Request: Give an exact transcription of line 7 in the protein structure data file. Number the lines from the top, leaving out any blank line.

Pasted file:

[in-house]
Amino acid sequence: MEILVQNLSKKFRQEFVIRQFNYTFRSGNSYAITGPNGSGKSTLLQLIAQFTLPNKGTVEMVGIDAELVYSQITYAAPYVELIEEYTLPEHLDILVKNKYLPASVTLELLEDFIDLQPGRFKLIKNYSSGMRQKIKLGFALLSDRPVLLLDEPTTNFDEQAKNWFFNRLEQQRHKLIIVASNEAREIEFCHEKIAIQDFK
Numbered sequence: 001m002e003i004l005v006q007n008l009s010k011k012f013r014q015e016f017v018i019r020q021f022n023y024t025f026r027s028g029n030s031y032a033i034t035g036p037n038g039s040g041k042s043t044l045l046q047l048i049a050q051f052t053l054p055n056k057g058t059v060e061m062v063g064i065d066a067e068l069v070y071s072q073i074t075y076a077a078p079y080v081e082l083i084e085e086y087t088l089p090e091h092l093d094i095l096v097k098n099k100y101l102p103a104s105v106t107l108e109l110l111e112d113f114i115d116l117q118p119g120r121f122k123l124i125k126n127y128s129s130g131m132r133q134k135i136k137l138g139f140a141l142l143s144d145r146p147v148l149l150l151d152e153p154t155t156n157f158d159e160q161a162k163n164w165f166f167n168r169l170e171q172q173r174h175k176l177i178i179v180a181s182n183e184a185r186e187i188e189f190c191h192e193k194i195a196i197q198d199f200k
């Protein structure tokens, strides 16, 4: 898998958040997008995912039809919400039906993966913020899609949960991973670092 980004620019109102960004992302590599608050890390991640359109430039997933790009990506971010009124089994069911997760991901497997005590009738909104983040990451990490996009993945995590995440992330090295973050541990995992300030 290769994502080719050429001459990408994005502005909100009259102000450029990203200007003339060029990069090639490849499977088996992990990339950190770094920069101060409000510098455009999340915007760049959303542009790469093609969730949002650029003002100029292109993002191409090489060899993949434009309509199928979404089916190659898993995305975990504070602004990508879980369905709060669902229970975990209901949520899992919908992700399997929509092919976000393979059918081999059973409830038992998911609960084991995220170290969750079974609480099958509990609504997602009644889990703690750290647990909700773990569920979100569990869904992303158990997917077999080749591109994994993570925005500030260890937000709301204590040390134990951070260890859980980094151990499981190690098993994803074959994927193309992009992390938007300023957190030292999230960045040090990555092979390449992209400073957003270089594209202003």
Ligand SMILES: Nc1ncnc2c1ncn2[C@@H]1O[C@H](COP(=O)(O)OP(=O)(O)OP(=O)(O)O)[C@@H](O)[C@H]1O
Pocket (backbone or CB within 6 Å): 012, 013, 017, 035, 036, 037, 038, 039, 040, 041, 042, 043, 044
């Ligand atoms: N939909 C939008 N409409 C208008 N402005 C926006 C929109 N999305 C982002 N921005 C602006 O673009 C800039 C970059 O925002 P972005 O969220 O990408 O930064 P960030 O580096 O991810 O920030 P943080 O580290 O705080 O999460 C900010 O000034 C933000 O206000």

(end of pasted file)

């Ligand atoms: N939909 C939008 N409409 C208008 N402005 C926006 C929109 N999305 C982002 N921005 C602006 O673009 C800039 C970059 O925002 P972005 O969220 O990408 O930064 P960030 O580096 O991810 O920030 P943080 O580290 O705080 O999460 C900010 O000034 C933000 O206000």